New York Democratic gubernatorial candidate Cynthia Nixon speaks at OZY Fest in Central Park on Saturday, July 21, 2018, in New York. (Photo by Evan Agostini/Invision/AP)

Sex and the City actress Cynthia Nixon got a lot of flack from the right for throwing her hat in the ring for New York governor. An unabashed socialist and political sponsor of Democrat rising star Alexandria Ocasio-Cortez, Nixon became an unlikely primary opponent of incumbent Andrew Cuomo.

For months conservatives and many Democrats ridiculed the actress for supposedly trying to trade on her celebrity to win high political office. After Thursday’s primary loss there was a lot of “I told you so”s flying around.

I think that’s unfair and although I am diametrically opposed to nearly everything Cynthia Nixon believes in, I feel driven to defend her. I don’t think the criticism of Ms. Nixon (outside of her socialist beliefs, naturally) is warranted. Here’s why.

I’ve always had a begrudging respect for Nixon. As a school choice activist, I’ve reported on education for nearly a decade and I have made myself very familiar with all the arguments against choice in education and many of the influencers making those arguments. Cynthia Nixon has long been a very vocal advocate for teacher’s unions and public schools in New York City and her wife Christine Marinoni is the founder and head of  the Alliance for Quality Education in New York, which advocates for funding equality in public schools. In fact, the two first met when Nixon was a spokeswoman for the organization.

Nixon was an accomplished, successful actress when she began her activism decades ago and she’s always put her money where her mouth is, so to speak. Although she had the means to afford a private education, she enrolled her own children in their local public schools. She worked to improve the public schools for her kids and others by personally volunteering in the classroom, at school and then eventually becoming a spokesperson for various public education and union causes.

Nixon didn’t just talk a good game and wear a silly ribbon on the red carpet while the unwashed masses looked on…she rolled up her sleeves and dug in. We don’t have much in common when it comes to our ideas about solutions to our education crisis, but I have always respected her willingness to walk the walk and use her own success to help others in the best way she knew how.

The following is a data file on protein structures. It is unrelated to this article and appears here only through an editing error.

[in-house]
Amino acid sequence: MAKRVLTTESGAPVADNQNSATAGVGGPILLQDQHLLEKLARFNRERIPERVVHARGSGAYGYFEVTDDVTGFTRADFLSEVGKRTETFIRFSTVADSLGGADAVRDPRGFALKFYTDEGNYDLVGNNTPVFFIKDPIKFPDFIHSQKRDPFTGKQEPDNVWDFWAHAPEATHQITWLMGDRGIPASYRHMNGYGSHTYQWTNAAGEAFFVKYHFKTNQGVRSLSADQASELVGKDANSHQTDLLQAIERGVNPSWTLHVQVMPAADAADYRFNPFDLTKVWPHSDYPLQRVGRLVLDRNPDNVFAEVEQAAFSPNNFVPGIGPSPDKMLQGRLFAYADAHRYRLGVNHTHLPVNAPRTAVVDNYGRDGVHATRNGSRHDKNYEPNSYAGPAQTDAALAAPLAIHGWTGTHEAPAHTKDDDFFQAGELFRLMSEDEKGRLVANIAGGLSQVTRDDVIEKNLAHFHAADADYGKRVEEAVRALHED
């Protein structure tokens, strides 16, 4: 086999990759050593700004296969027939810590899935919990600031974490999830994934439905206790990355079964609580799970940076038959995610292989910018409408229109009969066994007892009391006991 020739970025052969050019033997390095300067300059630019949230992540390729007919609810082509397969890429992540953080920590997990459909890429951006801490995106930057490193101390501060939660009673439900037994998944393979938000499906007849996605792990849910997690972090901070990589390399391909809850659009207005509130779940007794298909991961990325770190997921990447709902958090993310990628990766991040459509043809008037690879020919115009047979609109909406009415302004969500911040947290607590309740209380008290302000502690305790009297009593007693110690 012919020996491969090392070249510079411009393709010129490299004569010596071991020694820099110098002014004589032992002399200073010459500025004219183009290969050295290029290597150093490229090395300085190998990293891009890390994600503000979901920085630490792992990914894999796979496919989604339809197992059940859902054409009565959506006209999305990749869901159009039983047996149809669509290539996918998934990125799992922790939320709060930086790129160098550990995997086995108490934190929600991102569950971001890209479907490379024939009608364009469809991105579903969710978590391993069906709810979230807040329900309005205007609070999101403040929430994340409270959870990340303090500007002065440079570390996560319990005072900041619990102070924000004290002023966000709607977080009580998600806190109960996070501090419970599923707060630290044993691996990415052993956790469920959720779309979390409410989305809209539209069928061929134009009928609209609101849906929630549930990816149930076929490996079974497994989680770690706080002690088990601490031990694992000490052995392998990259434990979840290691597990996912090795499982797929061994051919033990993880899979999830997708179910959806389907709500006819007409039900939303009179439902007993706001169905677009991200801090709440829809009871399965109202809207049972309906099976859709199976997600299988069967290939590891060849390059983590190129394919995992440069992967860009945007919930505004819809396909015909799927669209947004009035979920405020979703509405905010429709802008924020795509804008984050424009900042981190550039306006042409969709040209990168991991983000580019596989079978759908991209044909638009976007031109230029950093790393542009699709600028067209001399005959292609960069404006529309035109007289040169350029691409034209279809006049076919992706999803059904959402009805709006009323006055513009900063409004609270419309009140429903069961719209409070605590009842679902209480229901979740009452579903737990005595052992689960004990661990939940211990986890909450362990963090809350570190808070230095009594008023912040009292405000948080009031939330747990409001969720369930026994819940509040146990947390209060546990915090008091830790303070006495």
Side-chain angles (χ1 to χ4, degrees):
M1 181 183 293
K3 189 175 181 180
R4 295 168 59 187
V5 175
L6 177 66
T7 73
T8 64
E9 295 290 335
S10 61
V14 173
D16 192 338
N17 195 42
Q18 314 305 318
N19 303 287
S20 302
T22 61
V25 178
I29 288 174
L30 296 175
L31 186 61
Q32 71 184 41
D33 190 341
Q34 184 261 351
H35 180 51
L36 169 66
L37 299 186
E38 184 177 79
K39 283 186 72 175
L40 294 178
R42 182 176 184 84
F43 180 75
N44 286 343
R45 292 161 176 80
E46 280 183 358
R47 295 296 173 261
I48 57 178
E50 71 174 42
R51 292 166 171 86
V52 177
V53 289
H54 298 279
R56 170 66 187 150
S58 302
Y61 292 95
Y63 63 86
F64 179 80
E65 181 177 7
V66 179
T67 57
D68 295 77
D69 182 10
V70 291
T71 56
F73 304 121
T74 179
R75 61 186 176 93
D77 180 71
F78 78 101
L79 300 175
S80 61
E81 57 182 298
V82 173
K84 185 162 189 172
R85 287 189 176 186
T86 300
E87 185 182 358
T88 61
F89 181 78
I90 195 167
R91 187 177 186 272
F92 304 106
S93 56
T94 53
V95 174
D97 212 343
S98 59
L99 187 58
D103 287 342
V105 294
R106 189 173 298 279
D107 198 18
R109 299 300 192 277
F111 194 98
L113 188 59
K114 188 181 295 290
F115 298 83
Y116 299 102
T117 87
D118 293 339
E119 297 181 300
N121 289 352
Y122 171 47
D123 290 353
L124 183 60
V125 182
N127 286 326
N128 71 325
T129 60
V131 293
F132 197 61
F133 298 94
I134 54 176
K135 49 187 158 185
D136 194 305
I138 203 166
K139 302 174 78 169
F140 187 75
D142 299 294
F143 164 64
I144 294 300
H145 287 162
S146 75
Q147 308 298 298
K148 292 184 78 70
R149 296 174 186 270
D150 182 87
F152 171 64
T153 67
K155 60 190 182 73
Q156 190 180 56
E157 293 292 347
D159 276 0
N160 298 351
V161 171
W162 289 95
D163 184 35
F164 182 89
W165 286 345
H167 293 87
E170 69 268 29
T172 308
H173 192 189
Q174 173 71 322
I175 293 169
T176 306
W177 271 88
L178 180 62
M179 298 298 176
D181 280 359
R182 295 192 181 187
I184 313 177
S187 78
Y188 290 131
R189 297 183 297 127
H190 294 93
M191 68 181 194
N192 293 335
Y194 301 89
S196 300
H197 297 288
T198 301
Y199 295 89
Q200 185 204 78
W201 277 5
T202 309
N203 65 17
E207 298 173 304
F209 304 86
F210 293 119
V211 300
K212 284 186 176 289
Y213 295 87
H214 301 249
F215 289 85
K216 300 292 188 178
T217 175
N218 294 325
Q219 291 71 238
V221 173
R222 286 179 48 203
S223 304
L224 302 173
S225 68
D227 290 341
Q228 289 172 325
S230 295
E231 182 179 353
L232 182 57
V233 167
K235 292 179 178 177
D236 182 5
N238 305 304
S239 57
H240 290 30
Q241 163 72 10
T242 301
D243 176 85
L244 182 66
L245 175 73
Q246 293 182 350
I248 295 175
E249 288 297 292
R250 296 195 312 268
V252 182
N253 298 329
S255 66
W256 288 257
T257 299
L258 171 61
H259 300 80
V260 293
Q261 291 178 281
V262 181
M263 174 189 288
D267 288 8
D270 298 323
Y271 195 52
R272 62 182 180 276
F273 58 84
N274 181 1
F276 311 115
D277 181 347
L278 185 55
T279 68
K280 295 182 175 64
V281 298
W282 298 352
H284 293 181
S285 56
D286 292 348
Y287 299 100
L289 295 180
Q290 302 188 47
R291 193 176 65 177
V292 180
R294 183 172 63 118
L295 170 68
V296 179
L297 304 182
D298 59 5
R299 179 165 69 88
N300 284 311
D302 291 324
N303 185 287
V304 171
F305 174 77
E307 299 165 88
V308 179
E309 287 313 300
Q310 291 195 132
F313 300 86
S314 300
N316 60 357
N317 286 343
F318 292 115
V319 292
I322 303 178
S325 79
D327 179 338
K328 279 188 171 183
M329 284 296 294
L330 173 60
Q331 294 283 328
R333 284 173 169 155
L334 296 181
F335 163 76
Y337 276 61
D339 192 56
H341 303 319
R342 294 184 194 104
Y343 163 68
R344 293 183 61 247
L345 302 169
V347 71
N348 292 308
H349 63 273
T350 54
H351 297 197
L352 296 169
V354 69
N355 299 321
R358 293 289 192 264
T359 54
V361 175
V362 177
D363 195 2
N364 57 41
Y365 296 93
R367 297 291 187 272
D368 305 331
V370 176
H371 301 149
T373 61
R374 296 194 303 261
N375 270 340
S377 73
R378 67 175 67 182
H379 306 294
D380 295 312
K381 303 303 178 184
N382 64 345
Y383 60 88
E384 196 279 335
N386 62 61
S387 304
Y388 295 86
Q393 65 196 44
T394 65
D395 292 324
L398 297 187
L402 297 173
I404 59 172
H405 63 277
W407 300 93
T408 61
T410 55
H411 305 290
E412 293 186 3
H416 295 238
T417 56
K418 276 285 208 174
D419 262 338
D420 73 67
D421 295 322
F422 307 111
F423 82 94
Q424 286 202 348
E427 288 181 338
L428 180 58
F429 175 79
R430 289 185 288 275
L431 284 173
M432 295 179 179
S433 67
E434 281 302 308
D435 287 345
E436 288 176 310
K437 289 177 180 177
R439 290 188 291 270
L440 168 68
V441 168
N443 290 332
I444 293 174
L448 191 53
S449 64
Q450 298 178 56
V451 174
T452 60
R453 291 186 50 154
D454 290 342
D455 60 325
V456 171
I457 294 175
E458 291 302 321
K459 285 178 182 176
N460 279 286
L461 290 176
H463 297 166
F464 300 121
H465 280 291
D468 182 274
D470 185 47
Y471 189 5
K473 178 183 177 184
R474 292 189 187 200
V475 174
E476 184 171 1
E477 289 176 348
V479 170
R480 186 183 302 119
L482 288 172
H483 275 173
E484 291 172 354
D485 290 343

Very few of the haters on either side of the ideological spectrum can say the same thing for themselves.

And by the way, why shouldn’t Nixon think that her celebrity status could help her make a run for political office? Donald Trump is the President of the United States of America. Clearly the game has changed, or at least shifted. It is no longer a silly notion. If an orange-tinted businessman-turned-reality tv star who once appeared on WWE can become the President, why can’t a red-headed lesbian actress from an HBO show about sex and relationships be the Governor of New York?

In 2018 it isn’t that crazy of an idea.

In a way Nixon is a lot like Trump – not in her ideas but in the respect that she was a non-politician who’d been around the political class for much of her adult life and didn’t like what she saw. She felt she knew enough about life as a resident of New York to change things for the better. Instead of whining and complaining about it, she decided to make herself a part of the solution. She saw a chance to make a difference by fighting from the inside instead of raging from the outside.

That takes guts, particularly for a woman and particularly for one who knew from the start she would be accused of being a “flake” just because of her previous (extremely successful) career. Not to mention the fact that she would be going up against an established career politician with deep – and shady – connections.

No, Cynthia Nixon does not deserve our ridicule. She has earned my admiration, even though I understand that I am probably the type of person with the type of ideas she roundly judges and excoriates at dinner parties. I get that. It does not diminish the respect she’s earned from me, one activist to another. She ran against the opposing party and her own party establishment…not for the faint of heart.

So many people are constantly moaning about how the political class is ruining everything. When someone from outside that class decides to risk their own reputation and privacy to break the stronghold of that entrenched class, we should all give at least a nod of approval.

Nixon’s ideas may not square with our own and they’re certainly not something I’d ever vote for anywhere, but her foray into the world of New York politics deserves a standing ovation. She understands what many Americans are only now beginning to grasp – that the ruling political class is pure garbage and they don’t really want to solve problems because solving problems is not a lucrative fundraising strategy. Nixon did her part to cut through that BS, and that deserves respect.

In the end her gamble didn’t pay off. Maybe that’s what’s best for New York; obviously the voters thought as much. But also in the end, Nixon can walk away from that podium with her head held high knowing she did what 99.9% of Americans would never have the guts to do.

Cynthia, for that you have earned my deep admiration. Congratulations on a good campaign and a heartfelt run.